As a rule, we try to keep our distance from 19-year-olds (damn, those statutory age limits are tricky), but there was one in particular we were always happy to see: Fallout Records. Open to the discriminating punk-as-fuck public since 1984(!), Capitol Hill's Little Record Store That Could is, sadly, saying they just can't anymore, and will bow out with one last in-store performance from Memphis' American Death Ray on Feb. 1 before closing for good around mid-month. The tiny zine-and-record-packed space, which has brought in everyone from Wally Shoup to the White Stripes to perform, says that a bad economy combined with complaints about the in-stores from nearby apartment tenants and "the utter lack of support we've seen (on many levels) from the local police" have all contributed to their impending demise. The staff released a statement saying, in part, "[We] can't express how much we (sob) care about everyone who has given us amazing music, writing, and art and the people who have spent their hard-earned dollars on independently produced products. Hopefully that spirit will live on in some other form." . . . In better news, Rummage continues to outlive the demise of its host, I-Spy, with a second post-closure happening at the Alibi Room on Sunday, Feb. 2 from noon to 4 p.m. This celebration and sale of local artists' and designers' work includes, as per usual, brunch, DJs, prizes, and this time out, a kissing booth. . . . It was a damn good week down at Graceland, between Tuesday's return of Sunny Day Real Estate's Jeremy Enigk and William Goldsmith in their new incarnation, the Fire Theft, and Saturday's Walkmen/ Hot Hot Heat/Hint Hint smackdown. Overwhelmed by a sardine-packed room and emo devotion so thick we feared a blocked windpipe, DOON skipped out on the Fire Theft after several songs, but the far-more-committed-to-the-cause Andrew Bonazelli stayed to report. Says he: "When guitarist Bill Dolan's amp crapped out halfway through 'Uncle Mountain,'
the Fire Theft's first-ever live song at their first-ever live show, the SDRE offshoot collectively shrugged and played the tune again, just so the beyond-sold-out, salivating crowd wouldn't be deprived of his monster solo. Gnarly. Aside from that mishap, TFT's genesis was as tight and white as Molly R's Breakfast Club panties. If you appreciated the hand-clutching-skull theatrics of frontman Enigk's 1996 solo record, you'll swoon for bombastic, Mellotron-driven numbers like 'Hands on You' and 'Houses.'" As for the Walkmen, hot damn. While the Heat put on a typically great show—we can't apologize enough for avoiding them so long, all on the misbegotten advice of a Canadian-hater friend—and Hint Hint rocked much harder and better than any opening band has a right to, it was N.Y.C.'s Walkmen who really, truly made our night. Though we didn't get a taste of The Hit ("We've Been Had," now playing in a Saturn commercial near you), there was plenty enough other good stuff from Everybody Who Pretended to Like Me Is Gone and beyond to tide us over, and then some. All we can say is, brave the all-ages crowd and see the bill again when it returns to the VERA Project on Feb. 7 from a run down the West Coast, or be sorry. . . . Speaking of all-ages, though local Loveless-Records-kids-turned Epic-big-timers Vendetta Red don't get a lot of respect from the local music press, their appearance at the Showbox last week with Juliana Theory and Something Corporate (good Christ, that's a terrible name) showed that the kids, at least, are eating it up with a spoon. If the single "Shatterday"—which had the whole crowd singing along like it was "Freebird"—doesn't go huge on modern rock radio, well, slap our ass and call us Shirley, 'cause that shit is catchy. . . . If you've got a computer and an index finger for pushing cursors around, you don't even need a dime to check out a track from Cat Power's upcoming You Are Free. Just go to matadorrecords.com/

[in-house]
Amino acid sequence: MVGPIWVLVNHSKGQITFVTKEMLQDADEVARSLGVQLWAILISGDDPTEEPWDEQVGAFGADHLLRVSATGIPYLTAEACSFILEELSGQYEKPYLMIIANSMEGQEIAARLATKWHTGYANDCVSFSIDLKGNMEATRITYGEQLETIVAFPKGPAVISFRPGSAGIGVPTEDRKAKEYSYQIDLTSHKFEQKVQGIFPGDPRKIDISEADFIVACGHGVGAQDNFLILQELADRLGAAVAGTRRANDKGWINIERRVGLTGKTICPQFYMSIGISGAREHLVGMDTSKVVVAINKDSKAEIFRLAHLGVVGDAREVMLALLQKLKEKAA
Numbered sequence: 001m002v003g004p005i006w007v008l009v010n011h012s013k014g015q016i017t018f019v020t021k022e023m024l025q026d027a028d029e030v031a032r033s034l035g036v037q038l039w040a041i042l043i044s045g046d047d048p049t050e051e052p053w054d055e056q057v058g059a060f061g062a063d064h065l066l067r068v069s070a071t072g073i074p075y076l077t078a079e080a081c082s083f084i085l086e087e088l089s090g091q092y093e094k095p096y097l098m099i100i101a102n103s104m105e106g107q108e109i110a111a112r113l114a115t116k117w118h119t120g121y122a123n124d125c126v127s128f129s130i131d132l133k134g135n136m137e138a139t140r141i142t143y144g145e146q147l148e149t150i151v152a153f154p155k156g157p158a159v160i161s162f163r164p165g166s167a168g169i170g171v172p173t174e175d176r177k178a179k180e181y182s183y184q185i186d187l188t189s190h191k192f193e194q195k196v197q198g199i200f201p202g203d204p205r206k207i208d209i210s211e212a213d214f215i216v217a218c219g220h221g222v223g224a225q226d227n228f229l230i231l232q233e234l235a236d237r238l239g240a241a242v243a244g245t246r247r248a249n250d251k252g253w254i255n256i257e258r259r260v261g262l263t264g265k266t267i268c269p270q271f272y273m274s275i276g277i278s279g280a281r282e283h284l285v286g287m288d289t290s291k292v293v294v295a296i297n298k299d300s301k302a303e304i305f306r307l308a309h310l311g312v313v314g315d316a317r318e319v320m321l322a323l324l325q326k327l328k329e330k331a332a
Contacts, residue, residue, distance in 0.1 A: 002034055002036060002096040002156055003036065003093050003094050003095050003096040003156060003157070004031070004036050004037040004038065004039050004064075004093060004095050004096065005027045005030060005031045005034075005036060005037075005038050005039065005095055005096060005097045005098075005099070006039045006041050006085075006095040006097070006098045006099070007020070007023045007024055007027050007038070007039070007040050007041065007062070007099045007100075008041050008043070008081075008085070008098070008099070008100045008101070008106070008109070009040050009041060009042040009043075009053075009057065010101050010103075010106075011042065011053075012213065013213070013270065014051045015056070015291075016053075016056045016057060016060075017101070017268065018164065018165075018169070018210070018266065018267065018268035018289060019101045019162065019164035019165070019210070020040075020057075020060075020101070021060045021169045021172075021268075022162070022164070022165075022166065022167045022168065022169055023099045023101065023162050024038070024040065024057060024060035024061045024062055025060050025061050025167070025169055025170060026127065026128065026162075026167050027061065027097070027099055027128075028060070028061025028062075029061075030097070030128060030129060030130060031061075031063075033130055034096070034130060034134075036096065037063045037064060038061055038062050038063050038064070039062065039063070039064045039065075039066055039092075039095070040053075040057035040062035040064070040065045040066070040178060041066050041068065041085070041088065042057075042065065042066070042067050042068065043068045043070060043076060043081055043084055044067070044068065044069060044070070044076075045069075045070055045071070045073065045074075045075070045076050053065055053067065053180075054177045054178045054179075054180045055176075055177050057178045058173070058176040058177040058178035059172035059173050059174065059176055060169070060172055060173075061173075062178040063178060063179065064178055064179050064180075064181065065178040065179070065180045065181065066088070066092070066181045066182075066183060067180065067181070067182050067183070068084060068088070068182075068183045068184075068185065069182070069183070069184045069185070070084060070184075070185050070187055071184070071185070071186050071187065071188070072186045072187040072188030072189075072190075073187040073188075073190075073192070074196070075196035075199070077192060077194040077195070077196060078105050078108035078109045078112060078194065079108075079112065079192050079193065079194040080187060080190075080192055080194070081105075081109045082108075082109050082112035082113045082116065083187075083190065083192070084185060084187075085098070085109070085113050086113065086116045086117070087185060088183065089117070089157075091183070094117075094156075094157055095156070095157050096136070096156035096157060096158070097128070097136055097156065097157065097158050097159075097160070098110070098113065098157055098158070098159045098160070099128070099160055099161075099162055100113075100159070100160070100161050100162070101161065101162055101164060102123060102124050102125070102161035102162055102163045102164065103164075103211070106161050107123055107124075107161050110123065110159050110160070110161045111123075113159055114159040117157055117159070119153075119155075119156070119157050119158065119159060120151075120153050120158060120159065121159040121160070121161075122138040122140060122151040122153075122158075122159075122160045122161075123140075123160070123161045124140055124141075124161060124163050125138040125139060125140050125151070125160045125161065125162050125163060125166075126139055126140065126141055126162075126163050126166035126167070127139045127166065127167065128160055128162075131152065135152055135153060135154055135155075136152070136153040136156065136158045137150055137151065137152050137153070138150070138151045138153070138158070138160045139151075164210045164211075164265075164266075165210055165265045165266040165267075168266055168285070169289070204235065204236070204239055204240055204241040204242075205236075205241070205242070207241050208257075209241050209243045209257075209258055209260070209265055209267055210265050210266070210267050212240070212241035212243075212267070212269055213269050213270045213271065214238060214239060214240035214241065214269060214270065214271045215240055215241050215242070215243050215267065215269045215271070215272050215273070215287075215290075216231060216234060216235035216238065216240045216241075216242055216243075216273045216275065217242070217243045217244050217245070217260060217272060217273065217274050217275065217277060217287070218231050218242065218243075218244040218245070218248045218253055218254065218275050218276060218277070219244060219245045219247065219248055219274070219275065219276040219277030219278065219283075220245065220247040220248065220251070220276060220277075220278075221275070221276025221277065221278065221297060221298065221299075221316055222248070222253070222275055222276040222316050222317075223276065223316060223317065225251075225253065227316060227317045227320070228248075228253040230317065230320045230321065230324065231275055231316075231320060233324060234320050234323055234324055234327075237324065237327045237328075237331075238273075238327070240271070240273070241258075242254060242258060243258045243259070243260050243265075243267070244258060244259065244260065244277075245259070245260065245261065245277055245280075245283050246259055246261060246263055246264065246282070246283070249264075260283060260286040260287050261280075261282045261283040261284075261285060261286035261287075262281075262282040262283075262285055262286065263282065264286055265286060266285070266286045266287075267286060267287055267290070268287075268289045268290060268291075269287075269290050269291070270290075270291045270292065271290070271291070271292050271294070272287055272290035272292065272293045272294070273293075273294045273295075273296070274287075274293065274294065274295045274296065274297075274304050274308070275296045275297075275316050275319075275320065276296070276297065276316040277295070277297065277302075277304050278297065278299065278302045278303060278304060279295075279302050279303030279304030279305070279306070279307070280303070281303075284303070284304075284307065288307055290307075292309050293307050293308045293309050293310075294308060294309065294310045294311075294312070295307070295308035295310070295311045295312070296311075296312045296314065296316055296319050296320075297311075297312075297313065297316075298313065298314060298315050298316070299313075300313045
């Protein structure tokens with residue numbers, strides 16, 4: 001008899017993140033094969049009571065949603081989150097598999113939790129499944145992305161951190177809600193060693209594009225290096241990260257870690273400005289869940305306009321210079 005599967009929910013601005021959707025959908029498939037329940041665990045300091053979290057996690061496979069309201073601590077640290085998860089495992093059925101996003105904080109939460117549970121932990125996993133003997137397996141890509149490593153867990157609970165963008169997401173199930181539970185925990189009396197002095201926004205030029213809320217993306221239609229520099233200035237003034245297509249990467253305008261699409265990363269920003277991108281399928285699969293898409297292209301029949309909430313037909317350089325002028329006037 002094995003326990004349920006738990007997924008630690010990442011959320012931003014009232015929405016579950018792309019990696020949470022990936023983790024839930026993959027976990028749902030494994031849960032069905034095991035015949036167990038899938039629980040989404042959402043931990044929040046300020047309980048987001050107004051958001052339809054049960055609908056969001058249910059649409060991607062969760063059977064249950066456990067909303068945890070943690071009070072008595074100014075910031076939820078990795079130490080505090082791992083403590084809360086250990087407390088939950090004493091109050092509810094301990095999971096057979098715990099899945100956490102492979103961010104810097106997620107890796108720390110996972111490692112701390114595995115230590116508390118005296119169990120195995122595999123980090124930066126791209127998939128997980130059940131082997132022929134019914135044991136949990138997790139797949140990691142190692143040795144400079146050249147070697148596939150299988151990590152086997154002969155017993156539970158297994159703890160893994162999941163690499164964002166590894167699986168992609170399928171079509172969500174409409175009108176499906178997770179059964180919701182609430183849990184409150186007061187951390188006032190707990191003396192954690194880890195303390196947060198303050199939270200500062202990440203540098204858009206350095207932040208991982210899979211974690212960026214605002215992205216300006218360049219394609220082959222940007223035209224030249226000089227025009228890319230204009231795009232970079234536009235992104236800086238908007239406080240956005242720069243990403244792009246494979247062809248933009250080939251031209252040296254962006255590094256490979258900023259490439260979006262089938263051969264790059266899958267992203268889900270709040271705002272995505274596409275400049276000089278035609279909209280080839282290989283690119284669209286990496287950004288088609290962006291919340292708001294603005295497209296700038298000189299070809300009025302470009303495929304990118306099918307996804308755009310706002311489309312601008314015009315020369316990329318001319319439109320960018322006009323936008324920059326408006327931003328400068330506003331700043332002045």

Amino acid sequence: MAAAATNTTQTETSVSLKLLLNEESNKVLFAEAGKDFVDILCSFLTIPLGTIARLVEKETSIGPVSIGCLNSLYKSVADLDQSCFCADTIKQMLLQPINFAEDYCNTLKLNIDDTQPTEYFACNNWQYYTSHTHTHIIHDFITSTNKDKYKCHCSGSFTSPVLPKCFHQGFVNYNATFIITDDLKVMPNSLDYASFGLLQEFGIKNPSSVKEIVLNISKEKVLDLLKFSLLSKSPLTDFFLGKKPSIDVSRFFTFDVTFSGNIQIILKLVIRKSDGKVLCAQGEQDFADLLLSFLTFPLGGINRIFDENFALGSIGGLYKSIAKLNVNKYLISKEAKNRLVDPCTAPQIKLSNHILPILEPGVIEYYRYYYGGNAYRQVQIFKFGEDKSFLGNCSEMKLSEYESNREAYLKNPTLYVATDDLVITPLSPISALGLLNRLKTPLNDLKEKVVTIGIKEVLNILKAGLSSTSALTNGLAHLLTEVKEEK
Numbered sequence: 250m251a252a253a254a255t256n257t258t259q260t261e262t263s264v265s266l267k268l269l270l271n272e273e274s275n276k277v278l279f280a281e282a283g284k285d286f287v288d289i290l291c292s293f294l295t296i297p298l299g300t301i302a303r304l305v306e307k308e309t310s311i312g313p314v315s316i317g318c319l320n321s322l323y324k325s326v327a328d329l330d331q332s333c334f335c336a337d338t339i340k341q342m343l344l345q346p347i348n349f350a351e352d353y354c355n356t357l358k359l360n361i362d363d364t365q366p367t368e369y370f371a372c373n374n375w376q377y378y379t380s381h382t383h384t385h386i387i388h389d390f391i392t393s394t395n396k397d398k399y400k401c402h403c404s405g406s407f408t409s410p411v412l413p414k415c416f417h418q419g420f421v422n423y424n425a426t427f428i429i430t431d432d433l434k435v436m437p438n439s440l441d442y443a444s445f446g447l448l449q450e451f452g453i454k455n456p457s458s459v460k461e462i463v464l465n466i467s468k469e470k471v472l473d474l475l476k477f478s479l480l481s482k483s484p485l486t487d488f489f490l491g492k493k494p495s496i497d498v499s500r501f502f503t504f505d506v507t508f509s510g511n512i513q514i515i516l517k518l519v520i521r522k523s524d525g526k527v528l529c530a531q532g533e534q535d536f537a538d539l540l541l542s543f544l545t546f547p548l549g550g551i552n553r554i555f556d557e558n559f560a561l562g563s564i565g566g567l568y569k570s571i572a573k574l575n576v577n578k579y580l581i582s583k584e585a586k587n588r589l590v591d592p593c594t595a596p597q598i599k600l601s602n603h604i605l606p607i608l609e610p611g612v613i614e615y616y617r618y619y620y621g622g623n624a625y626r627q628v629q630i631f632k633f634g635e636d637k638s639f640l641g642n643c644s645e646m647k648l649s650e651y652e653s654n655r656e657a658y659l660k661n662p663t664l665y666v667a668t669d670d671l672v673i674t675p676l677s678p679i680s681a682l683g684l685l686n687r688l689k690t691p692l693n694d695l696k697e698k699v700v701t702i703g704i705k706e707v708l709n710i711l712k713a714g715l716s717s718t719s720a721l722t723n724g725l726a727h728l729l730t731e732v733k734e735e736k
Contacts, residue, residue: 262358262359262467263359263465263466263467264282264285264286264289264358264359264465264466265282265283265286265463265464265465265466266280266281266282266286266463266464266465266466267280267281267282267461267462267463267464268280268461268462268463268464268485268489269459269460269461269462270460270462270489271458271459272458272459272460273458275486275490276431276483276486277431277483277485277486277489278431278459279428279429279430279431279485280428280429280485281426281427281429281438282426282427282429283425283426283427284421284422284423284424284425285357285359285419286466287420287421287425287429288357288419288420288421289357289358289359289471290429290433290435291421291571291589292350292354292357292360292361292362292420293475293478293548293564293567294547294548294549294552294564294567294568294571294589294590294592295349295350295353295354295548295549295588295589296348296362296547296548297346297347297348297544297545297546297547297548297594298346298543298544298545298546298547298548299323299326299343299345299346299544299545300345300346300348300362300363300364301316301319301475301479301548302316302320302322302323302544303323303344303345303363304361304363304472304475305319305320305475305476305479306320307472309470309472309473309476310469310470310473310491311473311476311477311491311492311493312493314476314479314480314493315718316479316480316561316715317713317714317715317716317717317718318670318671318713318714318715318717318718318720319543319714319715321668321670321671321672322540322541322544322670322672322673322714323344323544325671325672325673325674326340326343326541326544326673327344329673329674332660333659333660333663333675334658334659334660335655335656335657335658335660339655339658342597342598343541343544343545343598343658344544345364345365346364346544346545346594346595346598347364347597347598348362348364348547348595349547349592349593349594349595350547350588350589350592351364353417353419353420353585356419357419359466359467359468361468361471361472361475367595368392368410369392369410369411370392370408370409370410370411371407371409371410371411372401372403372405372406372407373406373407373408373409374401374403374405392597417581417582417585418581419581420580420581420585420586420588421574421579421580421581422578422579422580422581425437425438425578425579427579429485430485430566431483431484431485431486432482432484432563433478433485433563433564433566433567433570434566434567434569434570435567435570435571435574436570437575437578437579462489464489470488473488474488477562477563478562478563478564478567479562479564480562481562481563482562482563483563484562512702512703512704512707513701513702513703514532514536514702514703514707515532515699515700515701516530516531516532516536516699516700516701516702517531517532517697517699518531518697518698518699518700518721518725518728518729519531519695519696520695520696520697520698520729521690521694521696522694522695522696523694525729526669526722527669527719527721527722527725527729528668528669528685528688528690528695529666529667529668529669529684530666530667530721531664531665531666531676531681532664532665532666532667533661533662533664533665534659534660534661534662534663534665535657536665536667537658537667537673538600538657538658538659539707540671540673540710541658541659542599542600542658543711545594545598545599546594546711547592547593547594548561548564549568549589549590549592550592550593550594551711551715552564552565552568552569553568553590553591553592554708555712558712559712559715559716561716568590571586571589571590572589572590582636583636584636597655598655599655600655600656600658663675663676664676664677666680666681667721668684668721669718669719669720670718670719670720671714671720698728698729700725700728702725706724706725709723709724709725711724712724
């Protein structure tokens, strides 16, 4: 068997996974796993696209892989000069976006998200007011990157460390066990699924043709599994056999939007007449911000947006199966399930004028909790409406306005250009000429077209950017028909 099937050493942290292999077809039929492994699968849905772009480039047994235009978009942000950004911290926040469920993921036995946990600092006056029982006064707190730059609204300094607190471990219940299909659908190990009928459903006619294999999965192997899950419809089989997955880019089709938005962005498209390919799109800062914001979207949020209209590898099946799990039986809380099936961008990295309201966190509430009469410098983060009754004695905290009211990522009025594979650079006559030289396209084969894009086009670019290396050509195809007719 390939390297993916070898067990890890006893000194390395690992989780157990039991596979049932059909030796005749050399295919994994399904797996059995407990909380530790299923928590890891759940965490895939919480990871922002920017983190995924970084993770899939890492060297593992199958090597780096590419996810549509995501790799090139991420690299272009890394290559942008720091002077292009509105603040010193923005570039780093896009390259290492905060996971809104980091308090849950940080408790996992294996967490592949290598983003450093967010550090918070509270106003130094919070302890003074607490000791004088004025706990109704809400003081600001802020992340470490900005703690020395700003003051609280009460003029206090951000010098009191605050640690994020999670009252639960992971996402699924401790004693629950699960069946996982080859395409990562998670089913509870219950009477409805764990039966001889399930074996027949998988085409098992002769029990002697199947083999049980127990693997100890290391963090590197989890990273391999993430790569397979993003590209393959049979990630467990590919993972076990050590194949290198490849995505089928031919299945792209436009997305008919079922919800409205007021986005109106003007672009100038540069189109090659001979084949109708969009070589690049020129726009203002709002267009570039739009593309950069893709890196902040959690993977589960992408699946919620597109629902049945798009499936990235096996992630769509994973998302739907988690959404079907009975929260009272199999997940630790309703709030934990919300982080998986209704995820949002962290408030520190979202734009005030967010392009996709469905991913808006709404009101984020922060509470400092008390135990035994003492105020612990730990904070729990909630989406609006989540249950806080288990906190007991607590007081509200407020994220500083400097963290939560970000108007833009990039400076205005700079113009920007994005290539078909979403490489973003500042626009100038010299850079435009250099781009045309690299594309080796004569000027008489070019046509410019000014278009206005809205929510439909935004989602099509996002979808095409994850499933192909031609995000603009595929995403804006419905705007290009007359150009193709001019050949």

cat_power to download the entirety of the surprisingly rocking "He War." . . . Incident No. 467 in which we wish we were a fly on the wall: Justin Timberlake met up with none other than the Flaming Lips' Wayne Coyne in London last week at a Radio One taping, and the pair got on like gangbusters. According to a Jive Records staffer in the U.K., "Justin is a big fan of theirs," and besides, "he likes to do things people don't expect." Anyway, it all led to Coyne giving Timberlake a copy of Yoshimi Battles the Pink Robots to study, then tricking him out in a plush dolphin outfit (that's their kinky thing), and giving him a bass guitar to play along onstage during a Top of the Pops taping—the crowd, not surprisingly, went nuts. It's actually not the first time the Lips have passed the plushie. Over the holidays, the band got two members of the Vines to dance onstage in costume at KROQ's Christmas concert in L.A. . . . And finally, if you really want to know where you belong, take this quiz: www.hipsterhandbook.com/ quiz.html. You can't do worse than we did.
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